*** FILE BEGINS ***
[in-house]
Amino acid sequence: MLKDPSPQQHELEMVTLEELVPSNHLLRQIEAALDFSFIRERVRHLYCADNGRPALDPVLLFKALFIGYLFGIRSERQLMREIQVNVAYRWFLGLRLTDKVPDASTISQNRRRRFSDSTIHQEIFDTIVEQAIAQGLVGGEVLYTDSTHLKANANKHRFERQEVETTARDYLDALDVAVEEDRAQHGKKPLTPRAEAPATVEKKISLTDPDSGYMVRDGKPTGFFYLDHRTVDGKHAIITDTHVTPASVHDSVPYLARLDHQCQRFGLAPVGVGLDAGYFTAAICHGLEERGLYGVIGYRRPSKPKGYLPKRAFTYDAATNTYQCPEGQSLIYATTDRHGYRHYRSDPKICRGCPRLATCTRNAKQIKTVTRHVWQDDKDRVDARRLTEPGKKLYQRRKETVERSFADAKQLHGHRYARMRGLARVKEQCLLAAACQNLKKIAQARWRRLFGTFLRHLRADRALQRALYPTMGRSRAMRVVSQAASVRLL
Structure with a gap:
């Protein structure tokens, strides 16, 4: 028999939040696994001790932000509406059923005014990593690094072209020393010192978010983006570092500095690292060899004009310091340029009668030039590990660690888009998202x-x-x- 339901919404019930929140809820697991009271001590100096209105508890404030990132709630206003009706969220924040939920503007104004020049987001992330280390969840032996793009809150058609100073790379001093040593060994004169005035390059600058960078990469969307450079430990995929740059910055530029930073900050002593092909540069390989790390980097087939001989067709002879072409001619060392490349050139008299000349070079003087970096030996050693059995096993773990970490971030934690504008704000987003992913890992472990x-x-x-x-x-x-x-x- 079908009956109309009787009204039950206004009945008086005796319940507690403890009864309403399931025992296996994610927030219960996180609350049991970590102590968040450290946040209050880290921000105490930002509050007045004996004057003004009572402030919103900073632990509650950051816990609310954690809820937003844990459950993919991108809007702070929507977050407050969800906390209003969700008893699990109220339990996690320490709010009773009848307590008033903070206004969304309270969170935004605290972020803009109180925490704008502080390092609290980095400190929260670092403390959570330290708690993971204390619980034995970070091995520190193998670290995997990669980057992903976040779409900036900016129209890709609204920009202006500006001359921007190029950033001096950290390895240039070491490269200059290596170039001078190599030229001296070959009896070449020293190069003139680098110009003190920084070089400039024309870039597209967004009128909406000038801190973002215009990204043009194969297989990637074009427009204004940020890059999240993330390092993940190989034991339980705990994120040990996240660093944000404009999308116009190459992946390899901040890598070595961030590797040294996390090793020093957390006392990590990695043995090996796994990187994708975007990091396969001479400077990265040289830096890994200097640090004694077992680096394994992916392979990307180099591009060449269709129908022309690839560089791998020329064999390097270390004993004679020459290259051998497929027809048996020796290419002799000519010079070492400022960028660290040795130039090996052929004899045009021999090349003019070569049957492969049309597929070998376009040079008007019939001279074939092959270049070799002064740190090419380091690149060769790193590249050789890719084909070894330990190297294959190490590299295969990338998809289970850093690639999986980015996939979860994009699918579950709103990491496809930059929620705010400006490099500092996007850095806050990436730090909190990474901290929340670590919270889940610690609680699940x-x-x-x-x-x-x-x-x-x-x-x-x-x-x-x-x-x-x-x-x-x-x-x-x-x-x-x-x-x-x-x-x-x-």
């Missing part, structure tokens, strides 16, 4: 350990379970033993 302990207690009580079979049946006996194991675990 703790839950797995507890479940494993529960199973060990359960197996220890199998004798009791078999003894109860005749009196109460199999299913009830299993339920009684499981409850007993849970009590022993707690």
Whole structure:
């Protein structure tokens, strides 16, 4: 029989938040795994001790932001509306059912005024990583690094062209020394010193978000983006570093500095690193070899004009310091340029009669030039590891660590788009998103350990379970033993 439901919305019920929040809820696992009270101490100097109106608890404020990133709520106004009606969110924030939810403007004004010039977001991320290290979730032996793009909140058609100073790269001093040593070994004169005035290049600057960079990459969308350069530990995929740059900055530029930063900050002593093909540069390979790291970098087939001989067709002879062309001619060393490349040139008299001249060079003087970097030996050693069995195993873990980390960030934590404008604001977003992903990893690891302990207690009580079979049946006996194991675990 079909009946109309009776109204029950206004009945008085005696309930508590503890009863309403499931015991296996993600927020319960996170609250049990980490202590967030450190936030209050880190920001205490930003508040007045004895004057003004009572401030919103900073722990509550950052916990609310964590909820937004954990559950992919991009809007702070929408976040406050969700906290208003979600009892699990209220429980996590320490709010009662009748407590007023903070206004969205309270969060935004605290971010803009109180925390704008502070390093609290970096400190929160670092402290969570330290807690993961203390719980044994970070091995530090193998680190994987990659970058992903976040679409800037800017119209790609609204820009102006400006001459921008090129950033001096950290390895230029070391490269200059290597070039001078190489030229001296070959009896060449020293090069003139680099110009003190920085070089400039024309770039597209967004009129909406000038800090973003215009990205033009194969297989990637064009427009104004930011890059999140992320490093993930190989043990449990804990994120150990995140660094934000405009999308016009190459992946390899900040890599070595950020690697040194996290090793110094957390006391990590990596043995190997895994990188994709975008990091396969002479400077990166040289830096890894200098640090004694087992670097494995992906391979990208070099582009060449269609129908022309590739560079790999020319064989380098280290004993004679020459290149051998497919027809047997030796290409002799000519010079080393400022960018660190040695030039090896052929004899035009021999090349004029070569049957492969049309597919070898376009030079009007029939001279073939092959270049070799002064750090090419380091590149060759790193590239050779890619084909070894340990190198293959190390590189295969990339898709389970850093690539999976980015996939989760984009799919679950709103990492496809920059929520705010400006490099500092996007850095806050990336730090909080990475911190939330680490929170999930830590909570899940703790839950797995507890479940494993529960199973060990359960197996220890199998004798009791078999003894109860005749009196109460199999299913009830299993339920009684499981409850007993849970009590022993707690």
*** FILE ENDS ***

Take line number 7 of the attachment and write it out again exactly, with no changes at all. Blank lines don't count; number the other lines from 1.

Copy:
């Protein structure tokens, strides 16, 4: 029989938040795994001790932001509306059912005024990583690094062209020394010193978000983006570093500095690193070899004009310091340029009669030039590891660590788009998103350990379970033993 439901919305019920929040809820696992009270101490100097109106608890404020990133709520106004009606969110924030939810403007004004010039977001991320290290979730032996793009909140058609100073790269001093040593070994004169005035290049600057960079990459969308350069530990995929740059900055530029930063900050002593093909540069390979790291970098087939001989067709002879062309001619060393490349040139008299001249060079003087970097030996050693069995195993873990980390960030934590404008604001977003992903990893690891302990207690009580079979049946006996194991675990 079909009946109309009776109204029950206004009945008085005696309930508590503890009863309403499931015991296996993600927020319960996170609250049990980490202590967030450190936030209050880190920001205490930003508040007045004895004057003004009572401030919103900073722990509550950052916990609310964590909820937004954990559950992919991009809007702070929408976040406050969700906290208003979600009892699990209220429980996590320490709010009662009748407590007023903070206004969205309270969060935004605290971010803009109180925390704008502070390093609290970096400190929160670092402290969570330290807690993961203390719980044994970070091995530090193998680190994987990659970058992903976040679409800037800017119209790609609204820009102006400006001459921008090129950033001096950290390895230029070391490269200059290597070039001078190489030229001296070959009896060449020293090069003139680099110009003190920085070089400039024309770039597209967004009129909406000038800090973003215009990205033009194969297989990637064009427009104004930011890059999140992320490093993930190989043990449990804990994120150990995140660094934000405009999308016009190459992946390899900040890599070595950020690697040194996290090793110094957390006391990590990596043995190997895994990188994709975008990091396969002479400077990166040289830096890894200098640090004694087992670097494995992906391979990208070099582009060449269609129908022309590739560079790999020319064989380098280290004993004679020459290149051998497919027809047997030796290409002799000519010079080393400022960018660190040695030039090896052929004899035009021999090349004029070569049957492969049309597919070898376009030079009007029939001279073939092959270049070799002064750090090419380091590149060759790193590239050779890619084909070894340990190198293959190390590189295969990339898709389970850093690539999976980015996939989760984009799919679950709103990492496809920059929520705010400006490099500092996007850095806050990336730090909080990475911190939330680490929170999930830590909570899940703790839950797995507890479940494993529960199973060990359960197996220890199998004798009791078999003894109860005749009196109460199999299913009830299993339920009684499981409850007993849970009590022993707690």